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NGO started at W&M receives $500,000 from Clinton initiative

  • Building Tomorrow together
    Building Tomorrow together
    George Srour '05 (right) received a $500,000 gift from the Clinton Global Initiative for Building Tomorrow.
    Photo by Adam Schultz / Clinton Global Initiative
  • BT at W&M
    BT at W&M
    Members of the W&M chapter of Building Tomorrow pose for a photo at a recent meeting.
    Photo by Sagra Alvarado '15

William & Mary alumnus George Srour '05 recently received $500,000 from the Clinton Global Initiative (CGI) for his international social-profit organization Building Tomorrow, which builds educational academies for children in sub-Saharan Africa.

Former President Bill Clinton announced the gift last week during CGI’s annual meeting in New York City. The $500,000 will go toward Building Tomorrow’s “commitment to action” goal of building 60 academies, training 450 educators and providing educational access to 15,000 children.

“Somehow when he was a young man George Srour found Uganda, and he never let it go, and I am profoundly grateful,” said Clinton.

Srour actually “found Uganda” while he was William & Mary student. He spent a summer working with the World Food Program in the country, and soon after started the “Christmas in Kampala” campaign.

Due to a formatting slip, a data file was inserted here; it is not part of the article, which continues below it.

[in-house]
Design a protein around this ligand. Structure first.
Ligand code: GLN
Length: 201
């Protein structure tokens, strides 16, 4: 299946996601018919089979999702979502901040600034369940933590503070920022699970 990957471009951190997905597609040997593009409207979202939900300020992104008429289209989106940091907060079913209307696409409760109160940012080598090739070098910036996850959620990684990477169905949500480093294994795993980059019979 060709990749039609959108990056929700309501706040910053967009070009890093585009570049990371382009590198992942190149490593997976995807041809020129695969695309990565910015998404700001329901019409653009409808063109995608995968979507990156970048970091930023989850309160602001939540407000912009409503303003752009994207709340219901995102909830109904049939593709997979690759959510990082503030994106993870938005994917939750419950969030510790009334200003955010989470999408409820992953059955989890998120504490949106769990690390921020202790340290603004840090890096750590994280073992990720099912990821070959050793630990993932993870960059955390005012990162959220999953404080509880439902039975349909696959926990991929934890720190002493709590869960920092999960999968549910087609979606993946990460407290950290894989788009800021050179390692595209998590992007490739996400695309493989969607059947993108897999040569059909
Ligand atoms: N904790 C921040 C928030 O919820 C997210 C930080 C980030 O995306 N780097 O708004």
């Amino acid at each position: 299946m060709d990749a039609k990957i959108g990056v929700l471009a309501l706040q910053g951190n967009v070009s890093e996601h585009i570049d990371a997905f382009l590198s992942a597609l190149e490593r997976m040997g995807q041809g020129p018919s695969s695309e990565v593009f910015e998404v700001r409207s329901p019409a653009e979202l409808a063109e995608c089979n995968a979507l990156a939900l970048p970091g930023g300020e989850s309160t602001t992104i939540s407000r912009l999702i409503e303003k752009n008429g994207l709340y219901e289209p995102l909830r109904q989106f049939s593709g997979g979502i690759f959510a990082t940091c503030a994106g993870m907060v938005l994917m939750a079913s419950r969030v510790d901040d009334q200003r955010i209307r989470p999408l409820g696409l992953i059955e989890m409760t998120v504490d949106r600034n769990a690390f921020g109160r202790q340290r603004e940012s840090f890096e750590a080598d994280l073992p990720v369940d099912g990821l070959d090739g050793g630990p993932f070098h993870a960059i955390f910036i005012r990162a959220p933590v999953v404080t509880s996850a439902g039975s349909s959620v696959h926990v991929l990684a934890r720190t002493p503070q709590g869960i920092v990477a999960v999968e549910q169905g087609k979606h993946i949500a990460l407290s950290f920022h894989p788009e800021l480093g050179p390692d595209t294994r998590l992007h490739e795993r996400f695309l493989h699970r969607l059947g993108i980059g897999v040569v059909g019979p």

During that campaign, Srour raised nearly $45,000 dollars that he was able to use to have a school built in Kampala, Uganda.

Building Tomorrow was founded in 2006 as a continuation of the Christmas in Kampala campaign. Since then, the organization has built seven academies in Uganda. This past July, Clinton and his daughter Chelsea visited the Building Tomorrow Academy of Gita.

The $500,000 that Building Tomorrow received last week from CGI is the largest single gift that the organization has ever received.

“I know our team, collectively, feels incredibly grateful for such a large gift,” said Srour. “It’s been made by members of the delegation that came to Uganda with President Clinton this past July and saw our work first-hand and are committed to seeing us expand our reach and strengthen our model.”

Srour added that he knows that with the gift, “the stakes are raised, responsibility grows and the possibilities seem more and more endless.

“I'm very much looking forward to expanding our vision and listening to our Uganda team and the communities we're serving to figure out how best we can continue to grow both stateside and abroad.”

Although Srour graduated from William & Mary seven years ago, support for Building Tomorrow is still going strong on the Williamsburg campus. W&M hosts a student chapter for Building Tomorrow, which is currently led by former Building Tomorrow intern Estelle Rousseau ’14 and Katie Robinson ’14.

The two said that they were very excited to see Building Tomorrow get the gift from CGI and national attention.

“We’re so proud to know that George Srour is a William & Mary alumnus and that Building Tomorrow began here,” they said. “This speaks volumes about our school.”